That sucks. We as a society have made women feel bad about their bodies to the point they won't even go enjoy the beach with their kids. Because they are afraid they will be judged. Not cool. I have said that beauty, health, *fit* can come in ALL shapes and sizes. I actually DO believe this. I refuse to judge someone based on how they look. I have NO idea how they got to that point- are they sick? creating an emotional shield? went through a bad time and ate for comfort and now they feel stuck? Grew up that way and know nothing else? SO many things that someone looking in has NO idea of.

For a VERY long time I was, well, obsessed with my weight/body. YEARS. I have been overweight by medical standards, and very under weight. I cannot even tell you how much time I have wasted worrying about how I looked. Getting ready to go ANYWHERE was incredibly stressful. It has taken a long time and a LOT of work on my *insides* to get to where I am now. At 5'6" I hover around 135-140. I clock in at the high end of acceptable weight for my height. 10 more pounds and I would be considered overweight by *The Charts* But here's the thing....I work out. A lot. I trained for a year to get in the shape I am and loved every minute of it. I train WITH clients now, and I run my miles for my own training. I have put on a good deal of muscle in the last year, and gone down in clothing sizes. Yet, if I go to the Dr. and they plot me on a Chart I *could* be told I am approaching overweight. (Good thing my dr's don't do that or their might be bloodshed...) Years ago that would have made me lose my mind. I would starve myself and wear the lightest clothes possible if I went in and knew I would be weighed. Really??? SO foolish. Now, I could care less. Want to know why? Because THIS body can work out with clients numerous times a day. THIS body can run up and down mountains. THIS body is not *sick* (been off antibiotics for 6 weeks now...longest time in YEARS) THIS body FEELS good. And all of that has NOTHING to do with a number on a scale. My weight can fluctuate up to 10lbs in a WEEK. You wouldn't see it, but if I lost it every time that happened I would be a crazy person.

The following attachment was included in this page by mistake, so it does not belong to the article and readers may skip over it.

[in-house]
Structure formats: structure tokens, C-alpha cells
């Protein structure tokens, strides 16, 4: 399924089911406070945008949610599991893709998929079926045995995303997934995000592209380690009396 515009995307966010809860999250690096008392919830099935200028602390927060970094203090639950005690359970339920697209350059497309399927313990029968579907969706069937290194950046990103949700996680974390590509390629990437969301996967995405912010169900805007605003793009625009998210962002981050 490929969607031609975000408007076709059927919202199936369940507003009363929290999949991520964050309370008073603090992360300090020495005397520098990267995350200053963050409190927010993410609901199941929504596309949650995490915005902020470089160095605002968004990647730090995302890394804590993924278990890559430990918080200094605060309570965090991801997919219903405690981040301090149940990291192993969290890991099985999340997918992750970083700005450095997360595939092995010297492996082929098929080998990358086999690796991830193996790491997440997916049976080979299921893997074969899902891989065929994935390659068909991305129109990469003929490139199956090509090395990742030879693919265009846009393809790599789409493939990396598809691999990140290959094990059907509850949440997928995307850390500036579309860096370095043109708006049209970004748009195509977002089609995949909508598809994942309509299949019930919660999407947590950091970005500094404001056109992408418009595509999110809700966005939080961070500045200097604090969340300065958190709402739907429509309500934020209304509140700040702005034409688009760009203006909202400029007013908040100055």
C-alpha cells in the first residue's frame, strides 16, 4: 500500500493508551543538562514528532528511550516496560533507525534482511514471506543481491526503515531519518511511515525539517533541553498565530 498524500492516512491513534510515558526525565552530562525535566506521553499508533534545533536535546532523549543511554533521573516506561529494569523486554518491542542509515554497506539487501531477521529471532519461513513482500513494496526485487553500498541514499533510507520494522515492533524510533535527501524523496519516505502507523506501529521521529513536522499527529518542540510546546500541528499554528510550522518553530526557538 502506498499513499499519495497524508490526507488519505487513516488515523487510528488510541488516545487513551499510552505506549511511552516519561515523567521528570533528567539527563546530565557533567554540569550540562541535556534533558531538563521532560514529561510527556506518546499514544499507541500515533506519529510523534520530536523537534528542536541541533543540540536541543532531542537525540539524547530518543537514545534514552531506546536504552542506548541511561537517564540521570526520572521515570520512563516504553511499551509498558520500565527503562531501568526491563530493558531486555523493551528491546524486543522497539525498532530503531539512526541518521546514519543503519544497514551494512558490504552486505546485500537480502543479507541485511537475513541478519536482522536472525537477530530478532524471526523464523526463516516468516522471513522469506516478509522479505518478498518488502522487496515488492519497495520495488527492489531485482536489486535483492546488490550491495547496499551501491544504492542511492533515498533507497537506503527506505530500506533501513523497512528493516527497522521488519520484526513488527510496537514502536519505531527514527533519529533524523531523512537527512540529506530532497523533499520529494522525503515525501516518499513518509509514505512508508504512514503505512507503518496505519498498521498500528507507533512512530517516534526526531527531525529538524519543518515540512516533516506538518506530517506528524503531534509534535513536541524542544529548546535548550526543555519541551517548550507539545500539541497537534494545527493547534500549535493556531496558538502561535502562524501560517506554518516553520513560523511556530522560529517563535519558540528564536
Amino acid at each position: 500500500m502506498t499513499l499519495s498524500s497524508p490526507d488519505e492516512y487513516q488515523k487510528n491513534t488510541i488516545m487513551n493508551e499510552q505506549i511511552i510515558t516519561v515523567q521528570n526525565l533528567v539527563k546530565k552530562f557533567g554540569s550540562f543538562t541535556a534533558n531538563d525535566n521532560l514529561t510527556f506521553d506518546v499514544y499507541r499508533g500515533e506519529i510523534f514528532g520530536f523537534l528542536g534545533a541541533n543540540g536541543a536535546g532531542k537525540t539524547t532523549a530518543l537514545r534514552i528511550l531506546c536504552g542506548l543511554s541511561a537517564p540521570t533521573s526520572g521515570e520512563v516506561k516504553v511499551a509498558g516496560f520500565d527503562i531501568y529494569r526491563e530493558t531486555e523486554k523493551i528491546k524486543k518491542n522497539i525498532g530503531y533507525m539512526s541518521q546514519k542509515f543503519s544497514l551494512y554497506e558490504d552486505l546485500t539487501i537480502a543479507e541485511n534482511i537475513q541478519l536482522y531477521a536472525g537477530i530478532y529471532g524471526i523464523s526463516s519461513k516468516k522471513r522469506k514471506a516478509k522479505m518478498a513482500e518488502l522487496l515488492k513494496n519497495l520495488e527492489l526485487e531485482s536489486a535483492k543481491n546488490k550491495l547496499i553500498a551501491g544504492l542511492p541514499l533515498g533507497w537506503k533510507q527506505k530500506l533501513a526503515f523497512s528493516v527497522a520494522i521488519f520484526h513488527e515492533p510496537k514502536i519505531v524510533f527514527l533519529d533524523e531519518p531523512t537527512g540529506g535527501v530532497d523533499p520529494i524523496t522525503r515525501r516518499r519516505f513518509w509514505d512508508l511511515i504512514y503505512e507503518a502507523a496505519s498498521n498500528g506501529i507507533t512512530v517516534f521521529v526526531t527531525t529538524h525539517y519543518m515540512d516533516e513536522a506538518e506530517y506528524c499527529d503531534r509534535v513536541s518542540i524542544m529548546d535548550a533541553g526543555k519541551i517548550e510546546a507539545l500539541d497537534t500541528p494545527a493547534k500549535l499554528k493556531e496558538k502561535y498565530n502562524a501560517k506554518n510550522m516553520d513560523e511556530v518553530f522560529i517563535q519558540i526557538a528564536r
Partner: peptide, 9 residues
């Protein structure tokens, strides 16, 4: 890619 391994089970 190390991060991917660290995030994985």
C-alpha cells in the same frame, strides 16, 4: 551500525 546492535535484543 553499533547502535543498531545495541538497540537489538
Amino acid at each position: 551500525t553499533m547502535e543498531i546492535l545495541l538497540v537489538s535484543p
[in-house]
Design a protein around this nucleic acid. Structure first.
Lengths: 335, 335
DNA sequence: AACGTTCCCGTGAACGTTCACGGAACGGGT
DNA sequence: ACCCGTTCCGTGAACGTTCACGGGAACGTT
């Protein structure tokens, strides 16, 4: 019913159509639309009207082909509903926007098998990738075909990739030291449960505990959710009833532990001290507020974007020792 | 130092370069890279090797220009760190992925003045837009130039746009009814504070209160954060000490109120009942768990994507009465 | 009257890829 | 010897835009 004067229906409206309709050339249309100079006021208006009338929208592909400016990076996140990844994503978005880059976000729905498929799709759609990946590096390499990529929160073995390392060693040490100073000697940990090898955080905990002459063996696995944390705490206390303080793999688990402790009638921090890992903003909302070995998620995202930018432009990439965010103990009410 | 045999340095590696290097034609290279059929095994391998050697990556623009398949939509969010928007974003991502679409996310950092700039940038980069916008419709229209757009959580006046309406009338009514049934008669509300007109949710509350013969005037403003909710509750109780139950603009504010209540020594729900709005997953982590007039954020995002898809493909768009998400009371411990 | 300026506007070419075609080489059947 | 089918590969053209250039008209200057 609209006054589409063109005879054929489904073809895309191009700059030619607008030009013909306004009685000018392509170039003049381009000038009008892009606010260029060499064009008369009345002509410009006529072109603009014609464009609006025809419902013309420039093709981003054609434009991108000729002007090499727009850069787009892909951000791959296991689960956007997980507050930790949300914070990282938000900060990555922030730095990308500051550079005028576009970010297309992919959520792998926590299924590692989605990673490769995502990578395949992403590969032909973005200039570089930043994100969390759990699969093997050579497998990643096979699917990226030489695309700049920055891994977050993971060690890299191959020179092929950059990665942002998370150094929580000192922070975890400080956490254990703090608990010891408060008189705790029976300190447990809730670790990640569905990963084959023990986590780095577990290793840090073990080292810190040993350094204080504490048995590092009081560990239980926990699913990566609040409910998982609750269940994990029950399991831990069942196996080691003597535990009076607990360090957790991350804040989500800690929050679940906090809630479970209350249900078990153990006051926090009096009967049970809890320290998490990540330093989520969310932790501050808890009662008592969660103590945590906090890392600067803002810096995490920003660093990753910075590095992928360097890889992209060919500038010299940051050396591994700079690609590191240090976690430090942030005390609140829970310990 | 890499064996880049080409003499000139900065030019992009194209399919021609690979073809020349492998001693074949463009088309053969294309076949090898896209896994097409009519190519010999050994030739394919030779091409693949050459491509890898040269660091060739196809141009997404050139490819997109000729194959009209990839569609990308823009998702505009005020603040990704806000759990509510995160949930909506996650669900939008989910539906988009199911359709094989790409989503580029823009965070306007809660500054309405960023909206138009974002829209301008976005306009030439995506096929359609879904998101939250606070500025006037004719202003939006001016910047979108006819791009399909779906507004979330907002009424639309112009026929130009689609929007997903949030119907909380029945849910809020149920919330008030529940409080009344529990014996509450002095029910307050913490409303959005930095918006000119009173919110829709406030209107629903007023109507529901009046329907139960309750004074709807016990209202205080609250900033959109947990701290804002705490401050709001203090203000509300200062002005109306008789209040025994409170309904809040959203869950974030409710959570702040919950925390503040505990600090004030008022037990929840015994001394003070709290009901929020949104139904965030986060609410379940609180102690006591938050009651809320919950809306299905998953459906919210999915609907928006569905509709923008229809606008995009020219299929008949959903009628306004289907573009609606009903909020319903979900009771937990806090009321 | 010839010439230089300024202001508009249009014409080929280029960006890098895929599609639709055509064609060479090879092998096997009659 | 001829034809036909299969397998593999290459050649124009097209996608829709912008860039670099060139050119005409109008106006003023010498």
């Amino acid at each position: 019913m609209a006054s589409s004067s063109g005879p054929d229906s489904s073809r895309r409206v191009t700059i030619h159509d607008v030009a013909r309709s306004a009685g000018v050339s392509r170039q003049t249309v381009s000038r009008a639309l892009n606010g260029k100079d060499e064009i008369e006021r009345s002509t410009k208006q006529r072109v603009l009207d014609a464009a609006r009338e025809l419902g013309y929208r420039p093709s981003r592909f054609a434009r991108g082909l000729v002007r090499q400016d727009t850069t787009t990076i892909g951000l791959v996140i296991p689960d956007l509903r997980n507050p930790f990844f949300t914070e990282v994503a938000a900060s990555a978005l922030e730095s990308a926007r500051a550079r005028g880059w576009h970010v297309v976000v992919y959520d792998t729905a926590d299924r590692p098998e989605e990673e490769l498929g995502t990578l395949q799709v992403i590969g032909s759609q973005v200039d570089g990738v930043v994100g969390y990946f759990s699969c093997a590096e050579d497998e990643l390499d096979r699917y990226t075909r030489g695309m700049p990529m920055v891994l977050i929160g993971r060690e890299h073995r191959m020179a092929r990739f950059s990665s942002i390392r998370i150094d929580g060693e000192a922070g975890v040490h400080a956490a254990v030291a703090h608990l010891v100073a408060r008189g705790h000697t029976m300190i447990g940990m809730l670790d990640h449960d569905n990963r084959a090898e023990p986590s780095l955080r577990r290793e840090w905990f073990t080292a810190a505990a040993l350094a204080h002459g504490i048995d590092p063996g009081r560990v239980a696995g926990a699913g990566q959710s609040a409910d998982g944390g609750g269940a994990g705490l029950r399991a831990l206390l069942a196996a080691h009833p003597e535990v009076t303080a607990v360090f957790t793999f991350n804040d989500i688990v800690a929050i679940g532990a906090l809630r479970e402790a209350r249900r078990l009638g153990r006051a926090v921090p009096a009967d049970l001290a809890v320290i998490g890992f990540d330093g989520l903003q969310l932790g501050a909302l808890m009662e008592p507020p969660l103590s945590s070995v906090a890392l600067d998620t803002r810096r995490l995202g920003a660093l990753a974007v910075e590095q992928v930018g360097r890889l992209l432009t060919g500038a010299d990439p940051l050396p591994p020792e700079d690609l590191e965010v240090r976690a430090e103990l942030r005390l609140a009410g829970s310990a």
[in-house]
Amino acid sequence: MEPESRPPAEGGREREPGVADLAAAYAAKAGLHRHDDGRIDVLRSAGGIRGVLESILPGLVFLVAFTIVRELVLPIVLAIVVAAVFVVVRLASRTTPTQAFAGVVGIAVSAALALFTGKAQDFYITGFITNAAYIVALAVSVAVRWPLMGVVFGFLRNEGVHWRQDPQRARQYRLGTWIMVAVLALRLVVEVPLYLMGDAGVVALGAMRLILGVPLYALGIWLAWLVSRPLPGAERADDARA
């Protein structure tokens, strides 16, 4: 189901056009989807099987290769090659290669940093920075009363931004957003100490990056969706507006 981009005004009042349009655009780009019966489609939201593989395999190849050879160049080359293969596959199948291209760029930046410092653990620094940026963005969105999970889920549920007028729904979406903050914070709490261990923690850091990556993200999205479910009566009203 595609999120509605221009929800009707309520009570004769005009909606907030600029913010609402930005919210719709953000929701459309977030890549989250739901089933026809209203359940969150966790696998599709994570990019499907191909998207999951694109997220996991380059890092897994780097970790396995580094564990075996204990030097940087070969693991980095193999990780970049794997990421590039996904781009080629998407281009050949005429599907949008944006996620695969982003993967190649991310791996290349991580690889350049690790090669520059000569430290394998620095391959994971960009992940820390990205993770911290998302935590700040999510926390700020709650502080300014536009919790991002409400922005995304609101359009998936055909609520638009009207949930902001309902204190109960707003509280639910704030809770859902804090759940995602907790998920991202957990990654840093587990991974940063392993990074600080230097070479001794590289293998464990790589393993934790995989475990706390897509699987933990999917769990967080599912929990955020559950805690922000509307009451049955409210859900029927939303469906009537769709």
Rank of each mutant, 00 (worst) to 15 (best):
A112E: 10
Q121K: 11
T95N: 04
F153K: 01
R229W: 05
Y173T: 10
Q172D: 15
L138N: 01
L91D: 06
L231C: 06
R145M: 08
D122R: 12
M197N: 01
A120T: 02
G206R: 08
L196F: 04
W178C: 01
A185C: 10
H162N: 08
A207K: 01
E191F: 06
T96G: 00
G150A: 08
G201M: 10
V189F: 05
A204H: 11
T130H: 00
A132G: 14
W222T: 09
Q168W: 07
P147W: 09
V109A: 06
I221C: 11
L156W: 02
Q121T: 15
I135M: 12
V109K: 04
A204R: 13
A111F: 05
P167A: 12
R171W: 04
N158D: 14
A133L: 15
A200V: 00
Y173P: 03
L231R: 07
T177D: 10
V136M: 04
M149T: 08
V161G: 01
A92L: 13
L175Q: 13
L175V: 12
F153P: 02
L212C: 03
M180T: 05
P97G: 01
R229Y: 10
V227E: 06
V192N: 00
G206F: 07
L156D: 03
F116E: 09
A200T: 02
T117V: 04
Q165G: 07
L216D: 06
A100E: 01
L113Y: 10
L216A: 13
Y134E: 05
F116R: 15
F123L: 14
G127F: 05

When I talk to people/clients and I ask them about their goals, I will often say I don't want a number. I do not ask for a weight unless we are figuring out calorie requirements. After that, I never ask again. I may check in to see if they are losing, but I don't care about the number. What I care about is how they FEEL. Do you feel good? Have energy? Sleeping ok? Getting enough nutrition in to fuel your life?(so many people do not eat enough! 1200 calorie diets are for people in comas, not people up and living life.) I will tell people if you want to track progress measure yourself. See how your clothes fit. Look for muscle development and how much better you are feeling by being more active. Because I have NO idea what your perfect-for-YOU body size will be. Maybe its a size 6...maybe its a 12? 20? Basically it is the size that is best for you. The size you can maintain with ease, with a workout routine you enjoy, eating enough good food to keep you energized, THAT is the *sweet spot* So, whatever size/weight/shape you are when you hit that point...well, there you go.